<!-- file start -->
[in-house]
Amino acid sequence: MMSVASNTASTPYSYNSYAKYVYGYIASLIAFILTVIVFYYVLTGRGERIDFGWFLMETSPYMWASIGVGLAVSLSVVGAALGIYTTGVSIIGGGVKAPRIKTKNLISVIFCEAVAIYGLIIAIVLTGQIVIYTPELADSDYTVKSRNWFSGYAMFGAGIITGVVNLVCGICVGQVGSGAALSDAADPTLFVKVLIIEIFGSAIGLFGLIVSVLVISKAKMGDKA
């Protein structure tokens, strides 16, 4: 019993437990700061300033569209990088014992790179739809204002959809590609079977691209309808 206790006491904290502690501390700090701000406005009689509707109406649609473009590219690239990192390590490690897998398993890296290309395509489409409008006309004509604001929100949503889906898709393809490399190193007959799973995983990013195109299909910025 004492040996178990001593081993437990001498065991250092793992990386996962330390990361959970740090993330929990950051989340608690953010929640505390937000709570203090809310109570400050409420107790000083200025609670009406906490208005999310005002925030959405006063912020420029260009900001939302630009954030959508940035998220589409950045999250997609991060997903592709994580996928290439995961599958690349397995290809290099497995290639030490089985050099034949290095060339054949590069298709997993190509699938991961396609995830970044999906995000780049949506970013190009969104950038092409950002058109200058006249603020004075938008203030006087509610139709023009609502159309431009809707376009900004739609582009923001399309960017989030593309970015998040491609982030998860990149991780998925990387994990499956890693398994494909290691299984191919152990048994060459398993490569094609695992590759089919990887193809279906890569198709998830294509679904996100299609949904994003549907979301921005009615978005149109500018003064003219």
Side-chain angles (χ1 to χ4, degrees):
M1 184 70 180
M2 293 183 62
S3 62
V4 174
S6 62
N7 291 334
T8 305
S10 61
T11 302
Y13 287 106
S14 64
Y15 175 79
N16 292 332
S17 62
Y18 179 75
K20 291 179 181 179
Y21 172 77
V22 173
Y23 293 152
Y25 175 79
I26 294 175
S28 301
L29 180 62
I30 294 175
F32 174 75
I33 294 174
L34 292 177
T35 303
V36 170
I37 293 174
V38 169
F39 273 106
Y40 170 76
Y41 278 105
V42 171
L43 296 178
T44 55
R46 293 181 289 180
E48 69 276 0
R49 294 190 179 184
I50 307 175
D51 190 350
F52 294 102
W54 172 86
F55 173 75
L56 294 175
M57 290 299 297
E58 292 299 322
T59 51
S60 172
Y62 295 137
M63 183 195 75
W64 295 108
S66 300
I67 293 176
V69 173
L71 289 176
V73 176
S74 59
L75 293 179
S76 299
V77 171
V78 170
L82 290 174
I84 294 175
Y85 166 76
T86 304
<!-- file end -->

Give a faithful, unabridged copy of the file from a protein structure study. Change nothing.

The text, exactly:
[in-house]
Amino acid sequence: MMSVASNTASTPYSYNSYAKYVYGYIASLIAFILTVIVFYYVLTGRGERIDFGWFLMETSPYMWASIGVGLAVSLSVVGAALGIYTTGVSIIGGGVKAPRIKTKNLISVIFCEAVAIYGLIIAIVLTGQIVIYTPELADSDYTVKSRNWFSGYAMFGAGIITGVVNLVCGICVGQVGSGAALSDAADPTLFVKVLIIEIFGSAIGLFGLIVSVLVISKAKMGDKA
């Protein structure tokens, strides 16, 4: 019993437990700061300033569209990088014992790179739809204002959809590609079977691209309808 206790006491904290502690501390700090701000406005009689509707109406649609473009590219690239990192390590490690897998398993890296290309395509489409409008006309004509604001929100949503889906898709393809490399190193007959799973995983990013195109299909910025 004492040996178990001593081993437990001498065991250092793992990386996962330390990361959970740090993330929990950051989340608690953010929640505390937000709570203090809310109570400050409420107790000083200025609670009406906490208005999310005002925030959405006063912020420029260009900001939302630009954030959508940035998220589409950045999250997609991060997903592709994580996928290439995961599958690349397995290809290099497995290639030490089985050099034949290095060339054949590069298709997993190509699938991961396609995830970044999906995000780049949506970013190009969104950038092409950002058109200058006249603020004075938008203030006087509610139709023009609502159309431009809707376009900004739609582009923001399309960017989030593309970015998040491609982030998860990149991780998925990387994990499956890693398994494909290691299984191919152990048994060459398993490569094609695992590759089919990887193809279906890569198709998830294509679904996100299609949904994003549907979301921005009615978005149109500018003064003219």
Side-chain angles (χ1 to χ4, degrees):
M1 184 70 180
M2 293 183 62
S3 62
V4 174
S6 62
N7 291 334
T8 305
S10 61
T11 302
Y13 287 106
S14 64
Y15 175 79
N16 292 332
S17 62
Y18 179 75
K20 291 179 181 179
Y21 172 77
V22 173
Y23 293 152
Y25 175 79
I26 294 175
S28 301
L29 180 62
I30 294 175
F32 174 75
I33 294 174
L34 292 177
T35 303
V36 170
I37 293 174
V38 169
F39 273 106
Y40 170 76
Y41 278 105
V42 171
L43 296 178
T44 55
R46 293 181 289 180
E48 69 276 0
R49 294 190 179 184
I50 307 175
D51 190 350
F52 294 102
W54 172 86
F55 173 75
L56 294 175
M57 290 299 297
E58 292 299 322
T59 51
S60 172
Y62 295 137
M63 183 195 75
W64 295 108
S66 300
I67 293 176
V69 173
L71 289 176
V73 176
S74 59
L75 293 179
S76 299
V77 171
V78 170
L82 290 174
I84 294 175
Y85 166 76
T86 304